You will tell me such deals are struck all the time. It's why Tony Blair lied about WMDs and a million innocents were killed in Iraq after all. But that doesn't make it any more palatable, or any more acceptable. And here we have proof: incontrovertible, unconcealable evidence. They let this bloke out because they wanted to continue to do big money deals with the gang of brutal, repressive thugs who call themselves the Government of Libya; and then they had the staggeringly bad taste to pretend that it was about nothing other than big-hearted Scots wanting a sick man to go home to his family before he died.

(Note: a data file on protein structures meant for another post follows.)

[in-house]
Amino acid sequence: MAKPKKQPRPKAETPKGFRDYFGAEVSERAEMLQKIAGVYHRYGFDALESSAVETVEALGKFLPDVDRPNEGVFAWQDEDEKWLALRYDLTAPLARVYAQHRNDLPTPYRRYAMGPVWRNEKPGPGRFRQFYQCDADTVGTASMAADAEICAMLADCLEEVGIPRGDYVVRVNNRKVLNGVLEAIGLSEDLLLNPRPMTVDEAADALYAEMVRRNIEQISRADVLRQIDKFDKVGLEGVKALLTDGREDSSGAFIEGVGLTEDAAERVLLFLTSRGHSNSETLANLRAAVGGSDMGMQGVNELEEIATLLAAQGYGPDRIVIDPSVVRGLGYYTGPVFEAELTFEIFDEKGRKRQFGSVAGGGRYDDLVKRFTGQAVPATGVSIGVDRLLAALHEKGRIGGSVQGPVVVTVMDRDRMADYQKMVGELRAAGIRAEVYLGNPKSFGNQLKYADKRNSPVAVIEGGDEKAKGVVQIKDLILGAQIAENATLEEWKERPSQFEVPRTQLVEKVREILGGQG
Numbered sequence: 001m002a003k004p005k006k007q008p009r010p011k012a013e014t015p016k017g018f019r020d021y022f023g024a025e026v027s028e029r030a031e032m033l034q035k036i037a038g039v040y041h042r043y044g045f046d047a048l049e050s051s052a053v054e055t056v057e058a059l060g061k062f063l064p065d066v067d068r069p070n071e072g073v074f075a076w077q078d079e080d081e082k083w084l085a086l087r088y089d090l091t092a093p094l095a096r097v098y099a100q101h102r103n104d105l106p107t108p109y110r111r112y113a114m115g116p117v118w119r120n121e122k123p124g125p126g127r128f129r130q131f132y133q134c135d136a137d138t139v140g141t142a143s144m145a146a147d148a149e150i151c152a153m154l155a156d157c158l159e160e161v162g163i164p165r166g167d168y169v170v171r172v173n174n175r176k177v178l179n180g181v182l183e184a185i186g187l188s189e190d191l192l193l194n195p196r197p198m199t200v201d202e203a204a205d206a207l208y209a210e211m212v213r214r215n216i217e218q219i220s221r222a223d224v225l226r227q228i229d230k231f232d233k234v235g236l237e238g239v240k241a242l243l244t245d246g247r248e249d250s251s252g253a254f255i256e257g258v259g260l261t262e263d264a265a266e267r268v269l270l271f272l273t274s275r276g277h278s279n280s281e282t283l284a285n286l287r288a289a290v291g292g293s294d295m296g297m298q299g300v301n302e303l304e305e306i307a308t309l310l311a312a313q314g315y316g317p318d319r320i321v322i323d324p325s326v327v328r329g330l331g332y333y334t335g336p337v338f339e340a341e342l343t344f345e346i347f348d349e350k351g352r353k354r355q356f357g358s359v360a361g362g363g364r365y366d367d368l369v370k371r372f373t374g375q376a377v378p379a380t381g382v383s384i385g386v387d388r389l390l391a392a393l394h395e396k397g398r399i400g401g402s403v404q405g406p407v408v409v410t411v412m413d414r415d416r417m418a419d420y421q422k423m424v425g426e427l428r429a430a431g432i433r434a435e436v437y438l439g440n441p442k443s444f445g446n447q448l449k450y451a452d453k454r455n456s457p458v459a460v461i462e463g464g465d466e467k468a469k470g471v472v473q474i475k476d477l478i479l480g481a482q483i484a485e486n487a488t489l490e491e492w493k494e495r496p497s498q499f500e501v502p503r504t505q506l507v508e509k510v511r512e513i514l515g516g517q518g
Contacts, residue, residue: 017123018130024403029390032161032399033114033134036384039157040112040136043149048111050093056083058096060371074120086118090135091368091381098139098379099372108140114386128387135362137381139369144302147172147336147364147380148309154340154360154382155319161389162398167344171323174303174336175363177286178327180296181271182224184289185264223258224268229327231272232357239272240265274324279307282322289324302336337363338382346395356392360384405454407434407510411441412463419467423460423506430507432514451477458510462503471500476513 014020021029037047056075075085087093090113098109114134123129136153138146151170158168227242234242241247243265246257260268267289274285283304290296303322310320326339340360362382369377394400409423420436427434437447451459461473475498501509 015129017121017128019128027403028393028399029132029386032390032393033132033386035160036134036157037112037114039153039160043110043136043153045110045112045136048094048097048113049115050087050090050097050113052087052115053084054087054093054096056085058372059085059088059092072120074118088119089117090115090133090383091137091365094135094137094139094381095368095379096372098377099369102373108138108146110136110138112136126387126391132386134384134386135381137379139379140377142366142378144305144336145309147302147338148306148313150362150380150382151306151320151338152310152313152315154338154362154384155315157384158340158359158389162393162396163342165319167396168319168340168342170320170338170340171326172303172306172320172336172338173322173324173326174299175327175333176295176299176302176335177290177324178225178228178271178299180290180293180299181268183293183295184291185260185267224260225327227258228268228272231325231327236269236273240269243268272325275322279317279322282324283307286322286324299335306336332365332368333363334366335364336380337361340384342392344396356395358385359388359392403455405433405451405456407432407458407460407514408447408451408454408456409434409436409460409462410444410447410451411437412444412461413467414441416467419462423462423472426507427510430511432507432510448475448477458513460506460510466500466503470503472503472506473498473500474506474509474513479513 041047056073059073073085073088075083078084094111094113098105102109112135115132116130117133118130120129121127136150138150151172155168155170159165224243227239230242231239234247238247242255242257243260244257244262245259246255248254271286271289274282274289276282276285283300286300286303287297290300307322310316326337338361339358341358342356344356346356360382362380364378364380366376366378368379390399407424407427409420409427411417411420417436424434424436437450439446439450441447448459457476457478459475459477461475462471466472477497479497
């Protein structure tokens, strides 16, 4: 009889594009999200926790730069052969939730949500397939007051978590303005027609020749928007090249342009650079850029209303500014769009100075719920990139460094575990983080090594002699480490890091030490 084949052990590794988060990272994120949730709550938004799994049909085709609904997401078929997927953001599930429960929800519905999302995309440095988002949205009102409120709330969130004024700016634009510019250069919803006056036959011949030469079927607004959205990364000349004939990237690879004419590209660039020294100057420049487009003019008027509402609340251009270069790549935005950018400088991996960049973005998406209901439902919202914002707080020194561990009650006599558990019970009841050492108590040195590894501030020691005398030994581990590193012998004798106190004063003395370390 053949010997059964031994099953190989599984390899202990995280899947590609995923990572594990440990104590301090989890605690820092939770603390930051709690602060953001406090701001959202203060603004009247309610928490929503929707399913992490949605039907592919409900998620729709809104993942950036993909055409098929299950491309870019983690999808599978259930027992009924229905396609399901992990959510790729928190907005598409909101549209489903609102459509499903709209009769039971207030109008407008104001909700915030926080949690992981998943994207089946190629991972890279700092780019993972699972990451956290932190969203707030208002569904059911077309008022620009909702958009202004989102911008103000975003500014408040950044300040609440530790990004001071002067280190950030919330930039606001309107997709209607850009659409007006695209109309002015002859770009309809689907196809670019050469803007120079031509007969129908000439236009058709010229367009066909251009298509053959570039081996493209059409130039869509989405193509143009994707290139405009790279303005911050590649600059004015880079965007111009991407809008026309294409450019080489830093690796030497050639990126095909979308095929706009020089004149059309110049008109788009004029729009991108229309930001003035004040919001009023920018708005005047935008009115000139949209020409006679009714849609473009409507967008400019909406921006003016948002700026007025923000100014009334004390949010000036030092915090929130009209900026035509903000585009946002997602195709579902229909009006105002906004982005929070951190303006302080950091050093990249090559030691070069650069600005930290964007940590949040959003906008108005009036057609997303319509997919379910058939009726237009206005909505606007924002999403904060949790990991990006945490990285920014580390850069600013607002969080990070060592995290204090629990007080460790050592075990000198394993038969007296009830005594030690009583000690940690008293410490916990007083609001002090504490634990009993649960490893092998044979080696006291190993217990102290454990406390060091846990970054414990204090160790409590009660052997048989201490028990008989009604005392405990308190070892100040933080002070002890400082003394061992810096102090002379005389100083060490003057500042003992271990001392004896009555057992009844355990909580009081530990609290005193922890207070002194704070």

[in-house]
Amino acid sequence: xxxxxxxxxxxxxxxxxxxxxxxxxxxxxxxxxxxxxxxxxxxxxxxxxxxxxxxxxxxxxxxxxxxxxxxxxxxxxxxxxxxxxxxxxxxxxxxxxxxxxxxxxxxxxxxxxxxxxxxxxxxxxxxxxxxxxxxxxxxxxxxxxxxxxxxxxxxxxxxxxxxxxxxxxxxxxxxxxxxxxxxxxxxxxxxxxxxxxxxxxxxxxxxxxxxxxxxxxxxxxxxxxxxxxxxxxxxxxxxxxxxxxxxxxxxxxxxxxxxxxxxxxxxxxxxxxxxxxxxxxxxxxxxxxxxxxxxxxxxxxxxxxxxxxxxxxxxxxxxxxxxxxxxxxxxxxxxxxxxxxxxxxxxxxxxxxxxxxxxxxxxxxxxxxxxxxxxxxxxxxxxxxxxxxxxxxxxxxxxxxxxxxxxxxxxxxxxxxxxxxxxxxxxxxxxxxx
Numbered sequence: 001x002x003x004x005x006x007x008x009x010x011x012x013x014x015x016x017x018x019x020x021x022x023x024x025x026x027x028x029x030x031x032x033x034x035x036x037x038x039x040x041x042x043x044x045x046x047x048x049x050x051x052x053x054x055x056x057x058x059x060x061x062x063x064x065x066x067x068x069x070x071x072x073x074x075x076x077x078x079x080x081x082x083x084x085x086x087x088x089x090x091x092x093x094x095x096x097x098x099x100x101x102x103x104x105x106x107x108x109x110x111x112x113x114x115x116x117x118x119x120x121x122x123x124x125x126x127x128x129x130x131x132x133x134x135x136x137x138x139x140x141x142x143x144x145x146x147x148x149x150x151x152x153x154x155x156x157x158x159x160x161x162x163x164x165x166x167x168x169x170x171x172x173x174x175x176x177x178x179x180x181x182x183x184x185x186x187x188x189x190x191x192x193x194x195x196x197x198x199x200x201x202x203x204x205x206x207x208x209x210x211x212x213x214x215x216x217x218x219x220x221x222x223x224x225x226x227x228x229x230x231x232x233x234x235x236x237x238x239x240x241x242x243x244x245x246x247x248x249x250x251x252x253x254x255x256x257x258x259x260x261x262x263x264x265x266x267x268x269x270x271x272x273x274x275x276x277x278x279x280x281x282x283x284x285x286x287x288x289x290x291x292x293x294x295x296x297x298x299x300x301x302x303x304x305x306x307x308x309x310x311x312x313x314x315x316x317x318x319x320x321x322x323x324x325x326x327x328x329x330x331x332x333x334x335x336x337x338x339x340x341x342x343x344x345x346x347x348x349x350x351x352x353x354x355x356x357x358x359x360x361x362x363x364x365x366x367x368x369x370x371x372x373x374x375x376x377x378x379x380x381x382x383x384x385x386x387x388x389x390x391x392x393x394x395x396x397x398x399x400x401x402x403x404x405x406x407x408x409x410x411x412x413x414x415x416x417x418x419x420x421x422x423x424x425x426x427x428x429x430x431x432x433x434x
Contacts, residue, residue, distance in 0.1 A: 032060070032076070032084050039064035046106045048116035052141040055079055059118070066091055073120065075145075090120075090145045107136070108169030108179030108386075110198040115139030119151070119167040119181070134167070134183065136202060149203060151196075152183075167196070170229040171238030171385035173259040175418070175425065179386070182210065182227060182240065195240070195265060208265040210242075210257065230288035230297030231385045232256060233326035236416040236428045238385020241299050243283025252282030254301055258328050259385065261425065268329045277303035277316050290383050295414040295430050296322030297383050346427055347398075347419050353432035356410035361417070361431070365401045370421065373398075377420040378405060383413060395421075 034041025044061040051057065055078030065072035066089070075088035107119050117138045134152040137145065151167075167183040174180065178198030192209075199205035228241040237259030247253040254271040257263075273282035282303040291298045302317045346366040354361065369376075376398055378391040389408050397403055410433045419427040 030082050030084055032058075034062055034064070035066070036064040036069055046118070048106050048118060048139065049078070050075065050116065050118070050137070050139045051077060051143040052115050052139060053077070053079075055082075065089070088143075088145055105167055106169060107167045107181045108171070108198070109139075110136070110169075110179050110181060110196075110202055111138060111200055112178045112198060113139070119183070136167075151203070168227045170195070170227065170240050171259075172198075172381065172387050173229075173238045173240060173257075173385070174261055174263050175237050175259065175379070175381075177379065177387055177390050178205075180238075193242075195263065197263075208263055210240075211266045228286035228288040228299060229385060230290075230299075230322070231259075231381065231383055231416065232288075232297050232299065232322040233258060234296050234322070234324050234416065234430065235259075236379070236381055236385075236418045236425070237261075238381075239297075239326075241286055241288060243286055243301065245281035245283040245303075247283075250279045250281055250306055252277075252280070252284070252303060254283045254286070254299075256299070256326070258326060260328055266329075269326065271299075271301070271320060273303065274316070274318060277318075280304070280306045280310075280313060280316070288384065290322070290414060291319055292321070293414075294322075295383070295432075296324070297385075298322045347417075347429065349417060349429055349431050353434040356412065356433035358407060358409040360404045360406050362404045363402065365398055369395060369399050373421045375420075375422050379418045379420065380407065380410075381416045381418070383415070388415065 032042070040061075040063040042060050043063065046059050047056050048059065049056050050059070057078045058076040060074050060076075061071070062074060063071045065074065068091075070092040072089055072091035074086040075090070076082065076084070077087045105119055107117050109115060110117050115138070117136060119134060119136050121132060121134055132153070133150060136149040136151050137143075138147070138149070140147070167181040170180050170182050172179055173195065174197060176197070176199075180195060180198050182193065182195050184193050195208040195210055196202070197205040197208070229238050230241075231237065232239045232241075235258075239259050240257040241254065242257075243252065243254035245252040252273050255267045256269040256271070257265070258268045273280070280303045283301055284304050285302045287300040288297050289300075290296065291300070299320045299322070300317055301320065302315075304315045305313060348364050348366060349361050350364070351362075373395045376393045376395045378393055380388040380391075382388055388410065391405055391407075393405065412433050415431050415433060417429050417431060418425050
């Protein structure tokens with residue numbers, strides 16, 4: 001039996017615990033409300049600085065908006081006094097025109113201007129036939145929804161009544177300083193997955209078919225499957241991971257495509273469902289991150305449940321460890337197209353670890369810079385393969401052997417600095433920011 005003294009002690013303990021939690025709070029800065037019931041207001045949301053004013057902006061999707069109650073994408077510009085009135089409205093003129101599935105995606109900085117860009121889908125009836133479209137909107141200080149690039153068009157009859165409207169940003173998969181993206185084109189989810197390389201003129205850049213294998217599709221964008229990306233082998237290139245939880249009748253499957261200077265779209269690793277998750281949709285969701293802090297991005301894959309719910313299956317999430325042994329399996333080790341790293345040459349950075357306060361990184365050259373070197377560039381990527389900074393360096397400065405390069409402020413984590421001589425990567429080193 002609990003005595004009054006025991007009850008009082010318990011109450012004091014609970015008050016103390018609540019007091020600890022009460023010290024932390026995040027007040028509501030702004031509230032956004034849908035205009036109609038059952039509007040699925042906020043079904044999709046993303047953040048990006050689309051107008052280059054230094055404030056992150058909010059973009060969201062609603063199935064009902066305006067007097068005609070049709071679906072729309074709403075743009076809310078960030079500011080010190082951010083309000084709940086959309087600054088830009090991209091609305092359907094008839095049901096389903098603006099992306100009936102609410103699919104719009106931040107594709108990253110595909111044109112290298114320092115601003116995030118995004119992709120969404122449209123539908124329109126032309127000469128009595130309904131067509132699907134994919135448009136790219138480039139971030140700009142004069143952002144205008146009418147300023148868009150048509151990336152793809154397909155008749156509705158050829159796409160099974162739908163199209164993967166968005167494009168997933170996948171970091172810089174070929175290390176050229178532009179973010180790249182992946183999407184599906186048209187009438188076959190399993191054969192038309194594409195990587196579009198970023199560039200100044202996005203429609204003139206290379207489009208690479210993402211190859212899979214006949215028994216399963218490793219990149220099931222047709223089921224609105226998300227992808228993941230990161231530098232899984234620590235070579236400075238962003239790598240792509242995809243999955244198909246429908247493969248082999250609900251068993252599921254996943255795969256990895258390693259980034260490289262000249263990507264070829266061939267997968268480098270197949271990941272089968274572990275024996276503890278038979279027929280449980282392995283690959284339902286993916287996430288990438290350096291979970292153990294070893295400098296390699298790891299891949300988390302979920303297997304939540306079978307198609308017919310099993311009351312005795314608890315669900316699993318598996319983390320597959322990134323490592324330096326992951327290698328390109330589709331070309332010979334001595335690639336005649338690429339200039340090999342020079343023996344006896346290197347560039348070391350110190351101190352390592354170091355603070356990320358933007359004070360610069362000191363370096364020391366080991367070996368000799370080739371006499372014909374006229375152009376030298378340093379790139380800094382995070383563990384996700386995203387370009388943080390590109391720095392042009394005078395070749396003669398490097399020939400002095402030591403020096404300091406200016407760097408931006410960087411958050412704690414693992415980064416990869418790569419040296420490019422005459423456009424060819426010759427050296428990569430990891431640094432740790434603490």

Perhaps the international fixers and wheeler-dealers who make these deals are simply realists and we all owe our comparative Western comfort to them. Perhaps conscience is another form of sentiment, like nostalgia for one's hometown or a love of fluffy dogs.Perhaps. Personally I don't know how a man can look himself in the mirror in the morning when human life becomes just another detail to be slotted in to the bigger picture somewhere.

New Directions Home

I'm enjoying all the pronouncements coming out from the camp of Bob Dylan at the moment. Last week he told the BBC he was negotiating with two companies to be the voice of a new SatNav kit. Now he claims that he's releasing an album of Christmas songs for charity.